Tag Archives: fermion

Credit: CERN.

Scientists confirm that Higgs boson is coupled to bulky cousin in new physics breakthrough

Credit: CERN.

Credit: CERN.

When scientists operating the world’s most powerful particle accelerator confirmed the existence of the Higgs boson, the discovery was heralded as a landmark achievement in particle physics. This boson is a pretty big deal — it’s the particle associated with a quantum field that is supposed to give particles their masses. Without this field, there would be no atoms, there would be no matter, there would be no us. With the Higgs boson confirmed, physicists performed the most important validation yet of the Standard Model — the theoretical framework for our current understanding of the fundamental particles and forces of nature.

However, the 2013 achievement did not answer all our questions relating to the Higgs field and how the Higgs boson behaves. But there is progress, and according to a recent statement released by the European Organization for Nuclear Research (CERN), the scientific organization that operates the LHC, a new experiment is filling in the blanks by revealing how the Higgs particle fits into the delicate ecosystem of particles.

“We know that the Higgs interacts with massive force-carrying particles, like the W boson, because that’s how we originally discovered it,” said scientist Patty McBride from the U.S. Department of Energy’s Fermi National Accelerator Laboratory, which supports the research of hundreds of U.S. scientists on the Compact Muon Solenoid (CMS) experiment.

“Now we’re trying to understand its relationship with fermions.”

There are two types of elementary particles — that is, particles that either doesn’t have a substructure or have one we haven’t discovered yet. These particles are split up into categories, two of which being fermions and bosons. Fermions follow Fermi–Dirac statistic and bosons follow Bose-Einstein statistic. Another way to look at this is that fermions are particles that have half-integer spin, whereas bosons are particles with integer spin.

The electron is a fermion, for instance. Bosons, such as the photon, carry energy — they’re the physical manifestation of forces that glue fermions together.

Earlier in 2014, researchers working with the CMS experiment showed that the Higgs boson has a relationship with fermions by measuring the rate at which they decay into tau leptons — the heavier cousin of the electron. Later, evidence surfaced of the Higgs boson decaying into bottom quarks.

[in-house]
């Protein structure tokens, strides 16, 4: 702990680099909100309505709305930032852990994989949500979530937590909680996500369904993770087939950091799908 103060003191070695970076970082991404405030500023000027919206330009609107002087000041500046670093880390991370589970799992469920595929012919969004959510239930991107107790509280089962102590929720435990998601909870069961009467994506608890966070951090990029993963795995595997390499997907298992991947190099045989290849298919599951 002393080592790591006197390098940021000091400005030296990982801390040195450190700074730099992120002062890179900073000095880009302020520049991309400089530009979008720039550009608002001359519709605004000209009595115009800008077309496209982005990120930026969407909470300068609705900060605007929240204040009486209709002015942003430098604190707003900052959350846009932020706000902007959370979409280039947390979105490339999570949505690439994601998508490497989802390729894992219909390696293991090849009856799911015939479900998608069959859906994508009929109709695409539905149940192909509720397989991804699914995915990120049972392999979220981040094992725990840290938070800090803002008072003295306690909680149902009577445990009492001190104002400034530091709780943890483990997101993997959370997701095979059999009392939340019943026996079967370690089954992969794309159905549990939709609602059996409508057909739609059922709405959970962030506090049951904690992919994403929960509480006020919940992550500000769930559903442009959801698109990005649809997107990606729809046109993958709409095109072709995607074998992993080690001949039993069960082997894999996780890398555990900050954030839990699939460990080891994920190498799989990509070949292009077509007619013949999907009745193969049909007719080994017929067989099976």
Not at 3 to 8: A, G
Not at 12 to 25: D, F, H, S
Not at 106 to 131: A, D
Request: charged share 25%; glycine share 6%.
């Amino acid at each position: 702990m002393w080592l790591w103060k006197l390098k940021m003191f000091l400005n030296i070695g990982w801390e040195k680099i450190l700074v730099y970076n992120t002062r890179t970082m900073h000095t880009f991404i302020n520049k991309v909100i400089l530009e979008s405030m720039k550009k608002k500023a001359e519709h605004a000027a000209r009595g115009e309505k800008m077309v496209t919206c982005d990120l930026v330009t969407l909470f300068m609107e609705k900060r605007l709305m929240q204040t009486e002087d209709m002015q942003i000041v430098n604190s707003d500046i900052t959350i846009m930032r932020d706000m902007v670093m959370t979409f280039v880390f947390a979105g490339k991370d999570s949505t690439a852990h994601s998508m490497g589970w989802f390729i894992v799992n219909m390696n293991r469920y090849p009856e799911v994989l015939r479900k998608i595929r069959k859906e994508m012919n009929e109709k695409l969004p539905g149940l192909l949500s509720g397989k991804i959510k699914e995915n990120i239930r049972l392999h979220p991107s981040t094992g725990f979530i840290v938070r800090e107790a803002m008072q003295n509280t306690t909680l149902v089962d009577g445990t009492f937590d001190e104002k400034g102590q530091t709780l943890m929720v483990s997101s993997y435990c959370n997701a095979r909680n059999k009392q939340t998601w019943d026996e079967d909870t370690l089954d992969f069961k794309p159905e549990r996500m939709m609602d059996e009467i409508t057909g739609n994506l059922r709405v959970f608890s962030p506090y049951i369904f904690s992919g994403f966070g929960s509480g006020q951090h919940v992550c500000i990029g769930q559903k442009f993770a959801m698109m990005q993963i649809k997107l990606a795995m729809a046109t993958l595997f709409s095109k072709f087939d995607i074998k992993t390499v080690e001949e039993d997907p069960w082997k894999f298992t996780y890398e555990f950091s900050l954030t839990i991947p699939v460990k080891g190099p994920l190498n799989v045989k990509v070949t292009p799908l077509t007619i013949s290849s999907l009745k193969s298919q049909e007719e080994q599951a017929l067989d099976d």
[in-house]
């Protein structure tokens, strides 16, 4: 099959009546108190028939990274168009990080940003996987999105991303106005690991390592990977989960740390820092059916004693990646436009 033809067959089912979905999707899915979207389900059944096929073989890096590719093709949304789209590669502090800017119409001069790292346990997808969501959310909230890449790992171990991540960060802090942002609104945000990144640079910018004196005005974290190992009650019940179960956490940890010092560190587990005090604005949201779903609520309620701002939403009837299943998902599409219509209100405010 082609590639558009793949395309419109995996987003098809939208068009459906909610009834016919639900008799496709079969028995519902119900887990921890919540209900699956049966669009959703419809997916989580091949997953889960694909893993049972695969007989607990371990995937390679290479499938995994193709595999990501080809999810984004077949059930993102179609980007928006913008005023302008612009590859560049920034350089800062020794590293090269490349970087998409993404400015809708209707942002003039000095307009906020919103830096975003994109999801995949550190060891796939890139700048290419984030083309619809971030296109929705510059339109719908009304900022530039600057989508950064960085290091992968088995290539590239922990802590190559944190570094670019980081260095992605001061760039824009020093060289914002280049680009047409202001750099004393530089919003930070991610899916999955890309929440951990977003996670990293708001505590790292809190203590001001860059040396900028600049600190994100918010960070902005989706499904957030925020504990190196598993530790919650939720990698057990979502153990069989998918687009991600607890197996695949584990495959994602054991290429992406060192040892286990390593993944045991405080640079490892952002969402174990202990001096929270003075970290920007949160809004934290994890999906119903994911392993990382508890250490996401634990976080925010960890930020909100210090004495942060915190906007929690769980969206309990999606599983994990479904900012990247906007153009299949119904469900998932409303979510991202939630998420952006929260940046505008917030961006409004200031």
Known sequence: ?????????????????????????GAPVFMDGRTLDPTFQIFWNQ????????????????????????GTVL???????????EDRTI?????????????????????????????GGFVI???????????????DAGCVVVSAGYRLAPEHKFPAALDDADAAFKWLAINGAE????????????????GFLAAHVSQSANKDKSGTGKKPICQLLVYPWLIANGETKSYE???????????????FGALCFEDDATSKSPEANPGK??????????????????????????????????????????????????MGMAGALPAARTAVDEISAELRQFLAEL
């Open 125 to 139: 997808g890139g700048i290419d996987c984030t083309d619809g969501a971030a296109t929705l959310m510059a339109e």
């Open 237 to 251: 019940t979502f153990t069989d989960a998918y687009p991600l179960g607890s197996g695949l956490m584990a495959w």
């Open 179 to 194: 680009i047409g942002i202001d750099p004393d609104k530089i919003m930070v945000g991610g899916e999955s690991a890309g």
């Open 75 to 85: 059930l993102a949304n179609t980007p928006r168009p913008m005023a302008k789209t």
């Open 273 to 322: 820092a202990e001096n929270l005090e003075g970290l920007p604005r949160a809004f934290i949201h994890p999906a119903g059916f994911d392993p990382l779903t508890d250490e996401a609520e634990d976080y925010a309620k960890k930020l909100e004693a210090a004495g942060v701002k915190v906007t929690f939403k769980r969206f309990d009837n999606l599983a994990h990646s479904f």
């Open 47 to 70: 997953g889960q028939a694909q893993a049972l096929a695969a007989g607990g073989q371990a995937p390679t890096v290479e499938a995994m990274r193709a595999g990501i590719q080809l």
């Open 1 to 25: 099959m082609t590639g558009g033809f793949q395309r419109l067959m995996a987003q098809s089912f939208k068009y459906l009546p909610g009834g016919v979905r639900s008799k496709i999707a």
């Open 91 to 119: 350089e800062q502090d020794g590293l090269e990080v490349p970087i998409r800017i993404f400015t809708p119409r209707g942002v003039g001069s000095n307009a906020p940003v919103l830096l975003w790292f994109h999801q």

Now, two experiments — the Compact Muon Solenoid (CMS) and A Toroidal LHC Apparatus (ATLAS) — found that there’s also a relationship between the Higgs and the top quark (discovered in 1995), the latter being three million times more massive than an electron.

“The relationship between the Higgs and the top quark is particularly interesting because the top quark is the most massive particle ever discovered,” McBride said. “As the ‘giver of mass,’ the Higgs boson should be enormously fond of the top quark.”

The new experiments confirm theoretical predictions, finding that in very rare situations Higgs bosons are produced simultaneously with top quarks. In yet another experiment that confirms the Standard Model, the results have a statistical significance of 5.2 sigma, which is above the 5 sigma threshold physicists require. In other words, there’s just a 1-in-3.5-million chance that the observations scientists recorded were due to random chance.

“Higgs boson production is rare – but Higgs production with top quarks is rarest of them all, amounting to only about 1 percent of the Higgs boson events produced at the LHC,” said Chris Neu, a physicist at the University of Virginia who worked on this analysis.

“A top quark decays almost exclusively into a bottom quark and a W boson,” Neu said. “The Higgs boson, on the other hand, has a rich spectrum of decay modes, including decays to pairs of bottom quarks, W bosons, tau leptons, photons and several others. This leads to a wide variety of signatures in events with two top quarks and a Higgs boson. We pursued each of these and combined the results to produce our final analysis.”

The results published in the journal Physical Review Letters will help physicists learn more about the behavior of the Higgs boson and how it might also interact with other particles we haven’t discovered yet, like dark matter. It’s remarkable how much particle physics has progressed in the last two decades. At the end of 2018, the LHC will shut down for two years for refurbishment and upgrades and then return better than ever, operating without delays through 2030.

Who knows what kind of achievements await thereafter?

Scientists find “Angel Particle” — a particle that’s its own antiparticle

Confirming a theory from the 1920s, Stanford physicists have found evidence of a particle that is its own antiparticle.

An anti-story